Even more compelling is the direct feedback from educators, who report that 9 out of 10 students express interest in pursuing STEM careers after participating in the VEX Robotics Competition. Closing the STEM gap remains a complex and multifaceted issue and we are confident we’re on the right track. The U.S. Bureau of Labor Statistics projects that, during the period 2010–2020, employment in science and engineering occupations will grow by 18.7%, compared to 14.3% for all occupations. This is promising news and an even more compelling call to action to redouble our efforts to provide students with hands-on, fun, and challenging robotics engineering opportunities.
Based on this information, I think it’s fair to say that the main goals of the RECF are:
- Increasing participation in competitive robotics, especially to target traditionally underrepresented groups & countries
- Preparing those who are already in the program for STEM fields after graduation
A good analogy of the RECF is of that of an Event Partner, but they are managing entire regions instead of teams. In the same way, there’s too much going on be able to focus on a single team or region for any extended period of time.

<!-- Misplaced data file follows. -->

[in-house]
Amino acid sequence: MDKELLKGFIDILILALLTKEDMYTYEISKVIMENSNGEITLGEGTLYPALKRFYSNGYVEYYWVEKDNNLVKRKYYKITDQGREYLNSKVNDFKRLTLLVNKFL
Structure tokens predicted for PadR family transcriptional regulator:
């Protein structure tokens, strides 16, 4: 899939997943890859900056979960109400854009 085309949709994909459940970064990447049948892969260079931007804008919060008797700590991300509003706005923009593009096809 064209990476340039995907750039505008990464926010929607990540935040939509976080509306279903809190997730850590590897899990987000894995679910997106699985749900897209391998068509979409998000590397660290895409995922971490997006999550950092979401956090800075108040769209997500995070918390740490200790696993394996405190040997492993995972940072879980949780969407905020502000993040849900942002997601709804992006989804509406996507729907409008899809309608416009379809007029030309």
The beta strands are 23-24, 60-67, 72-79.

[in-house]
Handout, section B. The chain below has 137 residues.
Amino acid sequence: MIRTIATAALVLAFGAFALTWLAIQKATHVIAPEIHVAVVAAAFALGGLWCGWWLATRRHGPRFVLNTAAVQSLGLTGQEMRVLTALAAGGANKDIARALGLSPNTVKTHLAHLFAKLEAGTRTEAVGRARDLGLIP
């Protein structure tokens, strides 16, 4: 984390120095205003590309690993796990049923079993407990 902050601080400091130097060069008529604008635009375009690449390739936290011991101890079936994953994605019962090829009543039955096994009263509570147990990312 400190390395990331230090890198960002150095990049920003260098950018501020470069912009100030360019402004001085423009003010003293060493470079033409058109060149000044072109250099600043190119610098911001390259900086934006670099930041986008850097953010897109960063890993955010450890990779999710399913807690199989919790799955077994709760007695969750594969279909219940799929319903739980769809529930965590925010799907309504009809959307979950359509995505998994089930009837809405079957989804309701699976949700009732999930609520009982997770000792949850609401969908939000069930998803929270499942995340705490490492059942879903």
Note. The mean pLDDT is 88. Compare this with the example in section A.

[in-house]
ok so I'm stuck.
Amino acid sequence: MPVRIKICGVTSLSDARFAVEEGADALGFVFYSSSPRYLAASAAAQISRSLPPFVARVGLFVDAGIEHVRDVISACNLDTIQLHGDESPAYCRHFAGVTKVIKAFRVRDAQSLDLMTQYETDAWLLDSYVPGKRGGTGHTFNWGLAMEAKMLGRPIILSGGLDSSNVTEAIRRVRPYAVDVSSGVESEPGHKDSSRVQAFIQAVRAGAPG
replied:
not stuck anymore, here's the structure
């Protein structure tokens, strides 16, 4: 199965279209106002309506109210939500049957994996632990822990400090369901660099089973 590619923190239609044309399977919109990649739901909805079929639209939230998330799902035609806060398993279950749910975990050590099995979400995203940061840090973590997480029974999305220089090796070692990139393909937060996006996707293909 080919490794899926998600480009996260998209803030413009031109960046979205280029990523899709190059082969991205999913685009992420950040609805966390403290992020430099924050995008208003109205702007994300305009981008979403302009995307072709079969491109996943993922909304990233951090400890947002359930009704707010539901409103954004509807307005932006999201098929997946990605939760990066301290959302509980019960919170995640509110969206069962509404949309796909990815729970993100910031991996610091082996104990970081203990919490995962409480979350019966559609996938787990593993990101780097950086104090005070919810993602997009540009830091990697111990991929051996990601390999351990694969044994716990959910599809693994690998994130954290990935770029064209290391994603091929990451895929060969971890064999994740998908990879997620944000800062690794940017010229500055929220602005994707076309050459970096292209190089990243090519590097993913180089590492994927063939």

If anyone from the RECF would like to clarify/correct my assessment of them, I’d love to hear it!
Fundamentally, the problem of communication here on VF is merely a reflection of that difference in metrics for success. What makes it especially a problem is that the vex forum is a confluence of all these different groups in a way that other places aren’t.
Now, on to actionables! In order to fix this, I would argue that each person should make a concerted, active effort to understand each position, and why each group does the things they do. It’s my (maybe naive) belief that most everyone involved in VEX are not evil, or uncaring, and are generally want to see the program grow and be successful.
For Students, Coaches, and Parents, I would encourage you to volunteer at a local tournament. It really makes you think about events differently, and can help you empathize with why event partners do things the way they do. The more involved you are, the more you’ll get out of it; being a head ref is great for this. I’m sure Event Partners would love to have you!
For Event Partners, it’s important to underscore just how involved & dedicated students can be. Just a single local competition can be the end result of thousands of student hours from across your entire region. I would try to build a little wiggle room into your schedule so that the event isn’t as rushed. Relaxing the pace at events can go a long way to make sure that everyone is having a good time.
To the RECF, you create and mold the competitive landscape to balance all of these different metrics of success. The more information you have, the better you’ll be able to do this. Actions like the Student Advisory Board and the thread requesting feedback on Team Kits are great for this and really demonstrate that you are not acting in a vacuum.